+0

Hi,

Could you please check for me if I am correct in these grammar?


Are you hurt? ("Hurt" here is an adjective)

I got hurt. ("Hurt" here is an adjective)

I feel hurt. ("Hurt" here is can be an adjective or noun?)

I feel pain. ("pain" here is a noun)

It is a really hurt. (A noun here)

It is a really pain. (A noun here)

The medicine made my hurt go away. (A noun here)

The medicine made my pain go away. (A noun here)


Cheers

+2
John Aki

Hi,

Could you please check for me if I am correct in these grammar?


Are you hurt? ("Hurt" here is an adjective) OK.

I got hurt. ("Hurt" here is an adjective) Verb.

I feel hurt. ("Hurt" here is can be an adjective or noun?) Adj. Not noun.

I feel pain. ("pain" here is a noun) OK.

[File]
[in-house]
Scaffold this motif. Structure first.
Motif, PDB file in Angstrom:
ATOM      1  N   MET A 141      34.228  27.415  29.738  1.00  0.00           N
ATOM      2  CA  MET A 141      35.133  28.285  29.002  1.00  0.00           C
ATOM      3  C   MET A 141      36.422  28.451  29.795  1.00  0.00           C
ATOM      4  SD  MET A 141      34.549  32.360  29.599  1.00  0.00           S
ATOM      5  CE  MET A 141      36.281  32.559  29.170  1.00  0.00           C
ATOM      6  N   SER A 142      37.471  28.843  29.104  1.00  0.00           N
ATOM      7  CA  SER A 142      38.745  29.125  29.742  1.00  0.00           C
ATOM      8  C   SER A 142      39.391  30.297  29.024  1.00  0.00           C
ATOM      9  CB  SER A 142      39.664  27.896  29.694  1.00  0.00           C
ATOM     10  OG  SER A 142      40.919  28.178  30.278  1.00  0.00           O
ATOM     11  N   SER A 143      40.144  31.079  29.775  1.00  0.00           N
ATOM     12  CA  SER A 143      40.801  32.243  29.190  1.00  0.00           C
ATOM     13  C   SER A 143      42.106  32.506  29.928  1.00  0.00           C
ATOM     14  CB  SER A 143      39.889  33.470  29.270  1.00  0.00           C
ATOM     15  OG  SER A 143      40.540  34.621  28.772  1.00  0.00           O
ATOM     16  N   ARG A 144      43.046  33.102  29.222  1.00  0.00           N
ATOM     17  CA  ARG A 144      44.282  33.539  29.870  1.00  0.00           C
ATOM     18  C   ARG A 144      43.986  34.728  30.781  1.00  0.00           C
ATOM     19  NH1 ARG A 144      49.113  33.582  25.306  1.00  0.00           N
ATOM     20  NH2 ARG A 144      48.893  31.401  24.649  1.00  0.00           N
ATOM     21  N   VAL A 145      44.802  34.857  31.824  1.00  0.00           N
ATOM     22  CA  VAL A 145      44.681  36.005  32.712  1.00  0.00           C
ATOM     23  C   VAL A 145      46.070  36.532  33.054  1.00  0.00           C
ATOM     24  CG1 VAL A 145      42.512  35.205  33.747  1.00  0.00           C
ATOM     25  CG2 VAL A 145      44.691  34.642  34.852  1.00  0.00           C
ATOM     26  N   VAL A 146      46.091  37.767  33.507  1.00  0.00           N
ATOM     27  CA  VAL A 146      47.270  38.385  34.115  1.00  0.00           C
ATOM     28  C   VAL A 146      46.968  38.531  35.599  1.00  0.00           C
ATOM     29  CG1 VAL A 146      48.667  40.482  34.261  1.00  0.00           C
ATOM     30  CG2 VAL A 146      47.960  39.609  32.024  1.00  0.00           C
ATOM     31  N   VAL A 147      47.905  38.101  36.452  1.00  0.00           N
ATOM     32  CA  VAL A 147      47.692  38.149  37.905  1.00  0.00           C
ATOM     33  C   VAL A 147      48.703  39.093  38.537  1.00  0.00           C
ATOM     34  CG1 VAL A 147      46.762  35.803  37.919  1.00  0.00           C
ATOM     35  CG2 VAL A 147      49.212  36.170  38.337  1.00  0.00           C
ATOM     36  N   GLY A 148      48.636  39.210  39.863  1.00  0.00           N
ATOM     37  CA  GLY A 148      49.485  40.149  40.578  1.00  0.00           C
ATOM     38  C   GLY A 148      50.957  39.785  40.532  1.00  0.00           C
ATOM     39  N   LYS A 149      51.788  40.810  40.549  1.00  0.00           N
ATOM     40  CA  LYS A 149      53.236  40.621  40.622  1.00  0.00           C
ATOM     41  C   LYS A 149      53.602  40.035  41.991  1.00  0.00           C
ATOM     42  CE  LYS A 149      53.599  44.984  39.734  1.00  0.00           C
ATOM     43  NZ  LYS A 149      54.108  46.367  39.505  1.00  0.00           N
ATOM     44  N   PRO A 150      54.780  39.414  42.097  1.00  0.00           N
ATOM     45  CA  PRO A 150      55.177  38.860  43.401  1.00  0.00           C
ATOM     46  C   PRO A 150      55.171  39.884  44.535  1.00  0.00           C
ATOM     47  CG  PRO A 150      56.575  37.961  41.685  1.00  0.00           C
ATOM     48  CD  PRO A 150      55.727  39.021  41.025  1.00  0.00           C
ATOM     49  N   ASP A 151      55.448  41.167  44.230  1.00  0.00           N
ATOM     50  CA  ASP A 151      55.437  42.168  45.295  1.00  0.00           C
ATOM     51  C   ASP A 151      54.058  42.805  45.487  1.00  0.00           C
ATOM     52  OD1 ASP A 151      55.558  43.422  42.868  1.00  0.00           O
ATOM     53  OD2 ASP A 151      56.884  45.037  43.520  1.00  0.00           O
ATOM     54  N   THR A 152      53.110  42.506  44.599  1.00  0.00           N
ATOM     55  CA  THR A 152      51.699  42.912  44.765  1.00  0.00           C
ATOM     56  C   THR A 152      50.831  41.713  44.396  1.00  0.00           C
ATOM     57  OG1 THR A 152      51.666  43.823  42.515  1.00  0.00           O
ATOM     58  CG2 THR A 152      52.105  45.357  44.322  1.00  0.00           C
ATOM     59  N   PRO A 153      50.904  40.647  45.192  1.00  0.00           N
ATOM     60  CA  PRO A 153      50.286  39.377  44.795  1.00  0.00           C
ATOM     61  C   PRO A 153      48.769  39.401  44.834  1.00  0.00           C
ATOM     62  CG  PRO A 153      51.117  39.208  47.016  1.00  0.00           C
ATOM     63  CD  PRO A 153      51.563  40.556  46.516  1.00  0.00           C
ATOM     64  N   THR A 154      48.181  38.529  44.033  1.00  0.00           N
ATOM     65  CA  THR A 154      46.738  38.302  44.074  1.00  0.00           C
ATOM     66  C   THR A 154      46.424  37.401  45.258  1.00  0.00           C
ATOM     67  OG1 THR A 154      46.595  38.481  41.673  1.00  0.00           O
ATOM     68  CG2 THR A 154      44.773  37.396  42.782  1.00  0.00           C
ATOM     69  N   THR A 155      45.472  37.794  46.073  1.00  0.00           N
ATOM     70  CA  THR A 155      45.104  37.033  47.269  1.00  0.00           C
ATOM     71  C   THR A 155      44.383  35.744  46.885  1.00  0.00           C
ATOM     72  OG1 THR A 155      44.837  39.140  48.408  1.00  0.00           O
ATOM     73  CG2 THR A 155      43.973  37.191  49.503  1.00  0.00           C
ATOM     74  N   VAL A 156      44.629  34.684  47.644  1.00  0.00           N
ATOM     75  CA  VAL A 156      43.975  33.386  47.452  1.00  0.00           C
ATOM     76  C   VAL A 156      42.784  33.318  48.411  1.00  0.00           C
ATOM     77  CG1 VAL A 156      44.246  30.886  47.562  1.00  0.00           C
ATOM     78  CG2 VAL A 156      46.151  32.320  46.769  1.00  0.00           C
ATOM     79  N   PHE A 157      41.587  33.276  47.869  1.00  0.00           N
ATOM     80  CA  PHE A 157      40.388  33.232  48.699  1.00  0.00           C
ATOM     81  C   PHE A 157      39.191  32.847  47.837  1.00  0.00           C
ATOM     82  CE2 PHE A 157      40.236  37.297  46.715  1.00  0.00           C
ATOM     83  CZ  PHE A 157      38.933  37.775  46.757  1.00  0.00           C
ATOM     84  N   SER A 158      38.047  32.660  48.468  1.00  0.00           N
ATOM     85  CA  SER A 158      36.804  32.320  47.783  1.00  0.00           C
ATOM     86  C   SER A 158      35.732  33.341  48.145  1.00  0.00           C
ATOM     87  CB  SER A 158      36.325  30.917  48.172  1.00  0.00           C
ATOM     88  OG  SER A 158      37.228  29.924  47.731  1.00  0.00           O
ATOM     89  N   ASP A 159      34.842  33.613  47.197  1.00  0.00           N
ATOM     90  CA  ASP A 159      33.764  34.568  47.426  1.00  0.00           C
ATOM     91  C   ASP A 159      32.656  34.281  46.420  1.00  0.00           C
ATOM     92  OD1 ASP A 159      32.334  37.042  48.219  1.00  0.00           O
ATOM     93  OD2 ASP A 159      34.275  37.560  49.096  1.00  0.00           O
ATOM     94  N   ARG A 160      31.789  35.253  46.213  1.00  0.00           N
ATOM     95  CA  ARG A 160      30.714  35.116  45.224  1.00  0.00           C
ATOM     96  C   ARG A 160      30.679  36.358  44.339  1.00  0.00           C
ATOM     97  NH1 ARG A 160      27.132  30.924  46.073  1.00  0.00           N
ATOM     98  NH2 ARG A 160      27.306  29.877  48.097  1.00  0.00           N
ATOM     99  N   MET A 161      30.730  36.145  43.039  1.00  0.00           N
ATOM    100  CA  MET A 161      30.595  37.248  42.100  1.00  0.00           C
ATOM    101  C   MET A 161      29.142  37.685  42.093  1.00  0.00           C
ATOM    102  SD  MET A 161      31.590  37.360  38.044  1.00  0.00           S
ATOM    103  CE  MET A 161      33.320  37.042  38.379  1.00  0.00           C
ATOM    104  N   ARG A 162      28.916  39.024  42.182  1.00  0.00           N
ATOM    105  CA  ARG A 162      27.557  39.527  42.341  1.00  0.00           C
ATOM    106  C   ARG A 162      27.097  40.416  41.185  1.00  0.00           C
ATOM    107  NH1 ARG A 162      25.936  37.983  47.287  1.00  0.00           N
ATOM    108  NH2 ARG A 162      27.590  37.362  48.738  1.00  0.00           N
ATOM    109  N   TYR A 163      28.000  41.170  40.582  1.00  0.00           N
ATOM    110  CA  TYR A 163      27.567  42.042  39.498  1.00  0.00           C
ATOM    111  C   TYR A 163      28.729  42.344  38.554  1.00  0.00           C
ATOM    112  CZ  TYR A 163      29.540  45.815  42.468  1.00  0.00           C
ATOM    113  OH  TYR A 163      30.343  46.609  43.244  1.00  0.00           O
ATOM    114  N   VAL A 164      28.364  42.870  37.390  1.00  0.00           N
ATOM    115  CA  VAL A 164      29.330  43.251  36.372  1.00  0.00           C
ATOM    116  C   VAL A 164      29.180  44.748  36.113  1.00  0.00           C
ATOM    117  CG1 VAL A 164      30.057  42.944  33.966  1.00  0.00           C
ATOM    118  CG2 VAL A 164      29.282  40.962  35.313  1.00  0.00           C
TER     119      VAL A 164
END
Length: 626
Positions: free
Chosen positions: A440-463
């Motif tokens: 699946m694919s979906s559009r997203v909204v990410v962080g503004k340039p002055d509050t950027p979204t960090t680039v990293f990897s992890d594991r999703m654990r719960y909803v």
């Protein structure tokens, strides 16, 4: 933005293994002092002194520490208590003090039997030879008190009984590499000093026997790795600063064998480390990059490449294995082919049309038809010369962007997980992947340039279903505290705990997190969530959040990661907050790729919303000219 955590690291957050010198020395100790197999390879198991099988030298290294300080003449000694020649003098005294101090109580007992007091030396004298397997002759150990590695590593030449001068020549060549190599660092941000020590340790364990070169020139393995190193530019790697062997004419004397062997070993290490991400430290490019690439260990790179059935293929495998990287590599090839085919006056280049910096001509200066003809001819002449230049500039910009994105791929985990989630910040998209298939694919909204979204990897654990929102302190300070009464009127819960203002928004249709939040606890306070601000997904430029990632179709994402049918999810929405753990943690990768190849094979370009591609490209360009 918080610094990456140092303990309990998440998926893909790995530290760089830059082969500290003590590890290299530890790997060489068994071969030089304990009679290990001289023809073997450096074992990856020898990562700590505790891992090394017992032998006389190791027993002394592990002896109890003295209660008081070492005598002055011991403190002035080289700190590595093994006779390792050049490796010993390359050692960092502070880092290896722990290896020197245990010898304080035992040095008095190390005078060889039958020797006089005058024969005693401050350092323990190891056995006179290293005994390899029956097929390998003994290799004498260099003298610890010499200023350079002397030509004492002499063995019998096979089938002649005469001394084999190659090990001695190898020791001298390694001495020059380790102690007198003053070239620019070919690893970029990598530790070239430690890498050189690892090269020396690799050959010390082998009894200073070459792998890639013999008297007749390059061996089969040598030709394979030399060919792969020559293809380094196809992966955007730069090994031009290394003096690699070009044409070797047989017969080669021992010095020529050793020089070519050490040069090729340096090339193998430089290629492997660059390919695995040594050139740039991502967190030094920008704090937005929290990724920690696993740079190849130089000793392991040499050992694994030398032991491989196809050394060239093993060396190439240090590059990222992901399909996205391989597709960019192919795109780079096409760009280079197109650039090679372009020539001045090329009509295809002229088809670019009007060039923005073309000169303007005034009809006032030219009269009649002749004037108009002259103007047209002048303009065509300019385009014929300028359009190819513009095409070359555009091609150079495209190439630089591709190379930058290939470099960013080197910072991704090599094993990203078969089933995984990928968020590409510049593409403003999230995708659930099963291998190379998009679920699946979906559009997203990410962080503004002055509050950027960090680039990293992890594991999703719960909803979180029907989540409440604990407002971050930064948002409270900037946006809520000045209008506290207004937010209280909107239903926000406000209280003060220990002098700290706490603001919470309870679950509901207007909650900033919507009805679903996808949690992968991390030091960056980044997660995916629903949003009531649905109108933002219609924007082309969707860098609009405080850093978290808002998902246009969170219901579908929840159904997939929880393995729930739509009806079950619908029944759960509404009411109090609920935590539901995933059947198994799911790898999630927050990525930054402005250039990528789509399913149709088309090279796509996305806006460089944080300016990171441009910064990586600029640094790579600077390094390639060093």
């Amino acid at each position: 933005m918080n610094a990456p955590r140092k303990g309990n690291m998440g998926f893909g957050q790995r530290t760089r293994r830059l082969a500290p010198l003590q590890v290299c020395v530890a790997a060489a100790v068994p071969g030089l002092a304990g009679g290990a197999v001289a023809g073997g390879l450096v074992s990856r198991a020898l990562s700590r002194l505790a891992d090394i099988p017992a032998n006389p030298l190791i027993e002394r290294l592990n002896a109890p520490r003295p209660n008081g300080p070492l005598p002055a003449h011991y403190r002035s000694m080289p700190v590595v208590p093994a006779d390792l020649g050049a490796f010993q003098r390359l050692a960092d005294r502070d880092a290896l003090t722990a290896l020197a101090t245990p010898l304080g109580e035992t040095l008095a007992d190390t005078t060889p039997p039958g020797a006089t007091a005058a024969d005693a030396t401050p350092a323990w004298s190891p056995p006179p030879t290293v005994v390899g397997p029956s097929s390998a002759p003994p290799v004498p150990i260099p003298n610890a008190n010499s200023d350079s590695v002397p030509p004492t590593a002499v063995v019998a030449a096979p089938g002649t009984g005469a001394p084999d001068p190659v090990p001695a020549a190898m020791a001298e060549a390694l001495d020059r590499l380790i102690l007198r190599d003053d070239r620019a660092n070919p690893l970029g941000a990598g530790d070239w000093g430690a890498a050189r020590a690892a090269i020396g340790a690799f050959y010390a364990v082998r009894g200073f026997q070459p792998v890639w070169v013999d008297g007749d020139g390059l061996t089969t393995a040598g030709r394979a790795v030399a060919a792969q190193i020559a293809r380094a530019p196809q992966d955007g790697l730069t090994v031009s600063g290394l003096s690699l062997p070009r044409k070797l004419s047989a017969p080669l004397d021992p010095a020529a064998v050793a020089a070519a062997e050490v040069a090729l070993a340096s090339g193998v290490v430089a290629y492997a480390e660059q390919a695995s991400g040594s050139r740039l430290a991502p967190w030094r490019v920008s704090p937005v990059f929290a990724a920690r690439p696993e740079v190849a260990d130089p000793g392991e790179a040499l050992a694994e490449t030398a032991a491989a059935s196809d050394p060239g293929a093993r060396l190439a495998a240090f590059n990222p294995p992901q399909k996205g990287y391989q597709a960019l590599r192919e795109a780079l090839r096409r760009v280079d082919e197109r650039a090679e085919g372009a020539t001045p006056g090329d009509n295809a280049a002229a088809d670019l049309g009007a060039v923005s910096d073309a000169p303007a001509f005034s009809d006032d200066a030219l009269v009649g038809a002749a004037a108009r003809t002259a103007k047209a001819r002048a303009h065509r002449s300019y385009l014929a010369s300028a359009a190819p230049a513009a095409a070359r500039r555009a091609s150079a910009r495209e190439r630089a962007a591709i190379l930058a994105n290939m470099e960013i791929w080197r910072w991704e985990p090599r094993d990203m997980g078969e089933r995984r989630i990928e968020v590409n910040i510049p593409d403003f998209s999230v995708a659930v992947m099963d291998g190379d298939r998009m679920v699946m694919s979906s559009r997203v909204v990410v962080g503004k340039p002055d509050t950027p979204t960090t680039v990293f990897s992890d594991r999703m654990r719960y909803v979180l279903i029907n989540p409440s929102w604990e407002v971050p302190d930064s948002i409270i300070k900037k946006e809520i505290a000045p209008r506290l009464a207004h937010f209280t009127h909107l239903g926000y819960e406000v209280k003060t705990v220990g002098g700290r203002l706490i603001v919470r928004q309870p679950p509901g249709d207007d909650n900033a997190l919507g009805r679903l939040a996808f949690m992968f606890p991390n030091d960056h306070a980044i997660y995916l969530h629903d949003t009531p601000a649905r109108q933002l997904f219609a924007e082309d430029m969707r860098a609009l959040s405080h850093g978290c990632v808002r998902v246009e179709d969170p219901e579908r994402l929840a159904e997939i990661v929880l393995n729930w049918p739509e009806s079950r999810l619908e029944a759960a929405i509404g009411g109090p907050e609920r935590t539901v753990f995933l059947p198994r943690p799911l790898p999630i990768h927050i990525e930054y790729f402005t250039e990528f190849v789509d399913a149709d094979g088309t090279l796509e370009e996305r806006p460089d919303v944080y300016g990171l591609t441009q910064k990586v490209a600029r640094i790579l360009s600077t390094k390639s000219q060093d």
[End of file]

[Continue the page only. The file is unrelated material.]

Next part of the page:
It is a really hurt. (A noun here)

It is a really pain. (A noun here)
"a really" + noun doesn't exist in English.

The medicine made my hurt go away. (A noun here)

The medicine made my pain go away. (A noun here) OK.


Cheers

As shown.

'hurt' is almost never used as a noun meaning 'pain'.

'the hurt' is sometimes used for emotional pain, e.g., "the hurt she felt when her husband died".

CJ

Comments  
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Thanks Mr CJ.


John Aki

Mr CJ,

Do you agrees that these both words are correct in these sentences?


The professor required / requested me to be here by 9.30 am.

I was required / requested to be here by 9.30 am.


Cheers

John Aki

John Aki

Do you agrees agree that these both of these words are correct in these sentences?


The professor required / requested me to be here by 9.30 am.

I was required / requested to be here by 9.30 am.

Yes, those are grammatically correct.

However, there is another grammatical pattern that is used for "request" in the active voice, and I think it sounds better:

The professor requested that I be here by 9:30 am.

CJ

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John Aki